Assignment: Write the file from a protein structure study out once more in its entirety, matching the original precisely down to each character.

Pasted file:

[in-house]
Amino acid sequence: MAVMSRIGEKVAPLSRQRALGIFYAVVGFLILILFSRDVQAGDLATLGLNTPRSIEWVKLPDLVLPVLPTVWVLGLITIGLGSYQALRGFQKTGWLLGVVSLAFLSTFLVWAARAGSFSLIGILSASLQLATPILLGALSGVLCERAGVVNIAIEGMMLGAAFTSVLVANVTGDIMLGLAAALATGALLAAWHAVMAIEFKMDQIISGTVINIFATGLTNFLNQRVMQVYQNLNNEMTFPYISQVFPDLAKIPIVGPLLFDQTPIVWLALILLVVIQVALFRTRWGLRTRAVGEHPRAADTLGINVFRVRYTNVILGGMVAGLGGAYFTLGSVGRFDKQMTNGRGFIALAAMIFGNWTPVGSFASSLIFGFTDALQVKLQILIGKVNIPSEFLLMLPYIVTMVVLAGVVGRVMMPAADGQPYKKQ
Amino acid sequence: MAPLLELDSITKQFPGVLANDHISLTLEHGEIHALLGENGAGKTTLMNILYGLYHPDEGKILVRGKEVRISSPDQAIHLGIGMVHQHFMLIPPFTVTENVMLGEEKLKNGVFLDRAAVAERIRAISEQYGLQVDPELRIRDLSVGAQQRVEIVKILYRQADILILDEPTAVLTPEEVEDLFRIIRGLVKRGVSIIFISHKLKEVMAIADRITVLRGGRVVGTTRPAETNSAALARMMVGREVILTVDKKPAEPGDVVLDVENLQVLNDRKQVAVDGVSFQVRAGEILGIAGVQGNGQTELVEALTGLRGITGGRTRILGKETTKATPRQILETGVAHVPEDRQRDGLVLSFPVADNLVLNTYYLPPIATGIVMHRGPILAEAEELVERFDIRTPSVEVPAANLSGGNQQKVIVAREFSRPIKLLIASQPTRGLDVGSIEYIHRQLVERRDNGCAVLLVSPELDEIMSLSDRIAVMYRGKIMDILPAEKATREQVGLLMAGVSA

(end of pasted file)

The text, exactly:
[in-house]
Amino acid sequence: MAVMSRIGEKVAPLSRQRALGIFYAVVGFLILILFSRDVQAGDLATLGLNTPRSIEWVKLPDLVLPVLPTVWVLGLITIGLGSYQALRGFQKTGWLLGVVSLAFLSTFLVWAARAGSFSLIGILSASLQLATPILLGALSGVLCERAGVVNIAIEGMMLGAAFTSVLVANVTGDIMLGLAAALATGALLAAWHAVMAIEFKMDQIISGTVINIFATGLTNFLNQRVMQVYQNLNNEMTFPYISQVFPDLAKIPIVGPLLFDQTPIVWLALILLVVIQVALFRTRWGLRTRAVGEHPRAADTLGINVFRVRYTNVILGGMVAGLGGAYFTLGSVGRFDKQMTNGRGFIALAAMIFGNWTPVGSFASSLIFGFTDALQVKLQILIGKVNIPSEFLLMLPYIVTMVVLAGVVGRVMMPAADGQPYKKQ
Amino acid sequence: MAPLLELDSITKQFPGVLANDHISLTLEHGEIHALLGENGAGKTTLMNILYGLYHPDEGKILVRGKEVRISSPDQAIHLGIGMVHQHFMLIPPFTVTENVMLGEEKLKNGVFLDRAAVAERIRAISEQYGLQVDPELRIRDLSVGAQQRVEIVKILYRQADILILDEPTAVLTPEEVEDLFRIIRGLVKRGVSIIFISHKLKEVMAIADRITVLRGGRVVGTTRPAETNSAALARMMVGREVILTVDKKPAEPGDVVLDVENLQVLNDRKQVAVDGVSFQVRAGEILGIAGVQGNGQTELVEALTGLRGITGGRTRILGKETTKATPRQILETGVAHVPEDRQRDGLVLSFPVADNLVLNTYYLPPIATGIVMHRGPILAEAEELVERFDIRTPSVEVPAANLSGGNQQKVIVAREFSRPIKLLIASQPTRGLDVGSIEYIHRQLVERRDNGCAVLLVSPELDEIMSLSDRIAVMYRGKIMDILPAEKATREQVGLLMAGVSA